Welcome to the All-Star Break edition of the Triple Play. This time around, we depart from our usual format and offer our selections for the award winners, predictions for the unofficial second-half of the season and our usual collection of random thoughts. Off we go:
Handing out the Half-Season Hardware
AL MVP: Mike Trout, Los Angeles Angels. Thanks to Miguel Cabrera having a down year (well, for him, anyway), the old-guard baseball media is finally noticing that this Trout fella can play a little ball. Is it his 5.6 Wins Above Replacement (WAR)? Is it his AL-best 1.007 OPS, or his MLB-leading OPS+ of 182? Or is it his presence in the top 10 in virtually every other offensive category? I would hope the answer to all of the above is yes. The Angels have mega-priced talent in other areas (Albert Pujols, Josh Hamilton) who are not producing up to their past levels, but Trout continues to make up for that in spades. Runners up: Edwin Encarnacion, Toronto; Josh Donaldson, Oakland.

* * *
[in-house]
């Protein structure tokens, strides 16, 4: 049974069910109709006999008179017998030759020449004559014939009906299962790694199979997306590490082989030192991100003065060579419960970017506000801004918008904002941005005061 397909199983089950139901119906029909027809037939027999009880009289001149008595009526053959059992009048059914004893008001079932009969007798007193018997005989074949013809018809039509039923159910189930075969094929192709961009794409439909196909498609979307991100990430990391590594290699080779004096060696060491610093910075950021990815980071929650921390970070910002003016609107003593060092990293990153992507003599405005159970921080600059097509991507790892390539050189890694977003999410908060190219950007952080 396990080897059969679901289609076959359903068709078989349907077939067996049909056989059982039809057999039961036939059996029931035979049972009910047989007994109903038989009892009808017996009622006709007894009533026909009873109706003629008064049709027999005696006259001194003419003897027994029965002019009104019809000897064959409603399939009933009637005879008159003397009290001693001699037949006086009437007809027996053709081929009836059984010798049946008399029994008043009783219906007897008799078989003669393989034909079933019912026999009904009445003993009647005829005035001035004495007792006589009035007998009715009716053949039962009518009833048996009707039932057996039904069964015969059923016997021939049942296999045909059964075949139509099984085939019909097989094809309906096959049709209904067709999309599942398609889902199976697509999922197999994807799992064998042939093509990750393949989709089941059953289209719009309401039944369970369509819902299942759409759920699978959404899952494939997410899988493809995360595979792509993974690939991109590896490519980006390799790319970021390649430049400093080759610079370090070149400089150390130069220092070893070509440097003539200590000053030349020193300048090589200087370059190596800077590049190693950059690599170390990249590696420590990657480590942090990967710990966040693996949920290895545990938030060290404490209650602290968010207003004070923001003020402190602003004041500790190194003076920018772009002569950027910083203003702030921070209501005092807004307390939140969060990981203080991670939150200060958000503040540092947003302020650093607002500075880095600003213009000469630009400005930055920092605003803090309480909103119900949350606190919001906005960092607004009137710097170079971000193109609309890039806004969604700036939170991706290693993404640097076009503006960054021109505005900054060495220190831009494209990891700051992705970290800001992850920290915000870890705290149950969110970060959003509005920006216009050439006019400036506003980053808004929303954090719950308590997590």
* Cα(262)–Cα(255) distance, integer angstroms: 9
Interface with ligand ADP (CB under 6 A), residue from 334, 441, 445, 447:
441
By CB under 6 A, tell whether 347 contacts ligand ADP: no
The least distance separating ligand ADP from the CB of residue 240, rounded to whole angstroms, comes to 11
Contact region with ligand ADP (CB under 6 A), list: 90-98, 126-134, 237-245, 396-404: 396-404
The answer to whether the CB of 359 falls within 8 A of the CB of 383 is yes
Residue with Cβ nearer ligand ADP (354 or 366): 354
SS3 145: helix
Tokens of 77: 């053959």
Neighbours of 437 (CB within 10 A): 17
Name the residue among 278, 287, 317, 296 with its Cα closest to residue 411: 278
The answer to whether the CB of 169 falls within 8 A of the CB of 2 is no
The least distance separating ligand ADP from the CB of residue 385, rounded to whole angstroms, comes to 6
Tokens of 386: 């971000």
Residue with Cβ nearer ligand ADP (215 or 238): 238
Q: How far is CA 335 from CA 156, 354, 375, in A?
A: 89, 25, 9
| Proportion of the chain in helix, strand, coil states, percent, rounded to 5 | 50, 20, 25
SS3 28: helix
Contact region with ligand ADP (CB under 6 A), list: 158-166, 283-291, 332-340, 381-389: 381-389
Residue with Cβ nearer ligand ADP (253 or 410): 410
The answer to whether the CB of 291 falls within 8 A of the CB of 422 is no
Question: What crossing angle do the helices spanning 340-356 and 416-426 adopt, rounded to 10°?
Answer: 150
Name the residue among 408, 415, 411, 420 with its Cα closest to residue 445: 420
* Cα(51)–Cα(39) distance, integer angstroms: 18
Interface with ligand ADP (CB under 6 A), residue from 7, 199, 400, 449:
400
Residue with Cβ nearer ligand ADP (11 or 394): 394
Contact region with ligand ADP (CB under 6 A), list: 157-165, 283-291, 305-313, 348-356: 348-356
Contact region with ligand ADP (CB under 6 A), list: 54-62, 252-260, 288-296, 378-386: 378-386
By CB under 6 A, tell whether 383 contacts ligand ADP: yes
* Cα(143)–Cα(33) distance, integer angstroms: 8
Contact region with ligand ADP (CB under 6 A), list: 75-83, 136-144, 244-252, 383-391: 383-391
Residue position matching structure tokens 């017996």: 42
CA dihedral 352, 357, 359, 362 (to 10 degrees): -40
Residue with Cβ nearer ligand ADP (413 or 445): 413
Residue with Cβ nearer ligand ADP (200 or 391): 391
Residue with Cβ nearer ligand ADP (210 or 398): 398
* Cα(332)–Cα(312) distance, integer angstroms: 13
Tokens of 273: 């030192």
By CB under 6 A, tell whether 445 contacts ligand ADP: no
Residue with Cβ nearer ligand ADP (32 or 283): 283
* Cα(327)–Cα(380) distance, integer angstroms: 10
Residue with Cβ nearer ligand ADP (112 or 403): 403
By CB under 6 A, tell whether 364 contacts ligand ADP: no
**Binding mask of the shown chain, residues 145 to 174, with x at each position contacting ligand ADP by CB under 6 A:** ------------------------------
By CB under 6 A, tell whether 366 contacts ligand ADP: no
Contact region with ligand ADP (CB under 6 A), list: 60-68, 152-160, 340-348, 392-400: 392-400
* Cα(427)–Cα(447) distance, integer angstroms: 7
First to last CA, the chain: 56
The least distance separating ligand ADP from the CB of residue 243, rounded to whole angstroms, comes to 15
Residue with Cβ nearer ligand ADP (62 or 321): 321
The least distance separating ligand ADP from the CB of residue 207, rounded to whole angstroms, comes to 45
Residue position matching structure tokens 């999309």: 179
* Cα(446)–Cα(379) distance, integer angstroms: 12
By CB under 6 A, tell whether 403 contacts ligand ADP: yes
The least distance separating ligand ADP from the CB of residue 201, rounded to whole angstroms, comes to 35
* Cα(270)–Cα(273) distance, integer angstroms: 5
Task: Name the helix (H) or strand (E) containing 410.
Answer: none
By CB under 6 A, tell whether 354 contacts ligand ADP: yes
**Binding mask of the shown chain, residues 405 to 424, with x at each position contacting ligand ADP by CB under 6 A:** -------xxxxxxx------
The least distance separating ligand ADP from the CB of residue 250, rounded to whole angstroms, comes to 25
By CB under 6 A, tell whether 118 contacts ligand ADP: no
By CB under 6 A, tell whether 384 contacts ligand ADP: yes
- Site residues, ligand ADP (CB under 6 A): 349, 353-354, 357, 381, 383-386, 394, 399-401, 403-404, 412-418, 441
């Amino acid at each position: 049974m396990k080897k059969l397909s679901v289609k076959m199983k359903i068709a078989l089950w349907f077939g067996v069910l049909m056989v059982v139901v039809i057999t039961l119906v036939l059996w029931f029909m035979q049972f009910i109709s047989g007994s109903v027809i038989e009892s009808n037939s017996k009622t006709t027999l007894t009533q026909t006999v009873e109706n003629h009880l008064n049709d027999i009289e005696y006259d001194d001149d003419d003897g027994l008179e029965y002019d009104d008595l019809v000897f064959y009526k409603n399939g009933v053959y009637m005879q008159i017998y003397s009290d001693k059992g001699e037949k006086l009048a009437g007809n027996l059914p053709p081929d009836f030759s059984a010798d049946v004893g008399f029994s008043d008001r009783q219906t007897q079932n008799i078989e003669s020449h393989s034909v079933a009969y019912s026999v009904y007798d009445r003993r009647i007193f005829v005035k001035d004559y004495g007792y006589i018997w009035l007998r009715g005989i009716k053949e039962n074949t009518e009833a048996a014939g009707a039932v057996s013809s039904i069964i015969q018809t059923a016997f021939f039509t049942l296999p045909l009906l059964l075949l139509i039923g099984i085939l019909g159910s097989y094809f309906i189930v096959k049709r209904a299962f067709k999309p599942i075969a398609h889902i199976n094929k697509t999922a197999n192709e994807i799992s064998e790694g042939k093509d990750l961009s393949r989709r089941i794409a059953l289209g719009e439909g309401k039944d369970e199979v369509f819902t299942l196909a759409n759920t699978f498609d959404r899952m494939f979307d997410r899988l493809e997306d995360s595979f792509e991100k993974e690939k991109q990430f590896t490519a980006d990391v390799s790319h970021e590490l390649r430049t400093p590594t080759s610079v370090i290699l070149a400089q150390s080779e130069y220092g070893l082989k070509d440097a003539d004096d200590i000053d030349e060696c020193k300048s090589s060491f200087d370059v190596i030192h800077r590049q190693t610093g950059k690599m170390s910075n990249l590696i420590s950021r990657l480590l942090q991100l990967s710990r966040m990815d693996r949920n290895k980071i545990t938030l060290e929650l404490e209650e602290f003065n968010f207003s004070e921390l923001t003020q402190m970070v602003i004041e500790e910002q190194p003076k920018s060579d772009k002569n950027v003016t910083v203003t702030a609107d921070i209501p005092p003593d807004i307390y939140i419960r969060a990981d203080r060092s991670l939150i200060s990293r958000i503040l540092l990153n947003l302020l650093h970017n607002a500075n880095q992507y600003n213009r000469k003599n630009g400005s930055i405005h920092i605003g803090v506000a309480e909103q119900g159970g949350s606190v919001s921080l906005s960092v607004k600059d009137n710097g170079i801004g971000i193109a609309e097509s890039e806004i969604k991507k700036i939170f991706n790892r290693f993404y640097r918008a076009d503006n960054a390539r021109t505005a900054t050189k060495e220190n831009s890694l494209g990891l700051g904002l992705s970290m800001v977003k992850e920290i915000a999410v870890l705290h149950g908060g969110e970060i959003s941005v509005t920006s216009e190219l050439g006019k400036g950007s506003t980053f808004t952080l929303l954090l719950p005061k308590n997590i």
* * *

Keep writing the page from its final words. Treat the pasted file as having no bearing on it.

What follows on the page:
NL MVP: Troy Tulowitzki, Colorado Rockies. This choice is even easier than Trout. Tulowitzki has been even better than Trout at the plate in 2014. While many will point to his home/road splits as reason why he shouldn’t be a serious MVP candidate (and it is a valid argument), Tulo’s superior combination of offense (178 OPS+) and defense (3.5 Ultimate Zone Rating) at a critical position give him the edge. Runners up: Giancarlo Stanton, Miami; Andrew McCutchen, Pittsburgh.
AL Cy Young: Felix Hernandez, Seattle. Even easier than the two MVP choices. King Felix is simply the best pitcher in the American League, bar none. Runner-up: Masahiro Tanaka, New York.
NL Cy Young: Clayton Kershaw, L.A. Dodgers. Despite missing the first few weeks of the season with a sore back, Kershaw has restaked his claim as the best pitcher in the National League. Including a no-hitter against the Rockies, he ran off a streak of 40 straight scoreless innings, bringing back memories of Orel Hershiser’s 59-inning scoreless streak in 1988. This run of domination just noses Kershaw ahead of St. Louis’ Adam Wainwright, who is having yet another marvelous season. Wainwright has allowed two earned runs or less in 16 of his 19 starts this season. He is deserving of the award as well.
AL Rookie of the Year: Jose Abreu, Chicago White Sox. Until he was injured last week, Tanaka was the front-runner for this award. One could make a compelling case for Houston’s George Springer, but the pick here is Abreu, whose elite power has him leading the AL in home runs despite being injured for half of May. He has revitalized a White Sox team that had been stagnant for years. He is must-see TV every night. Runners up: Springer, Tanaka.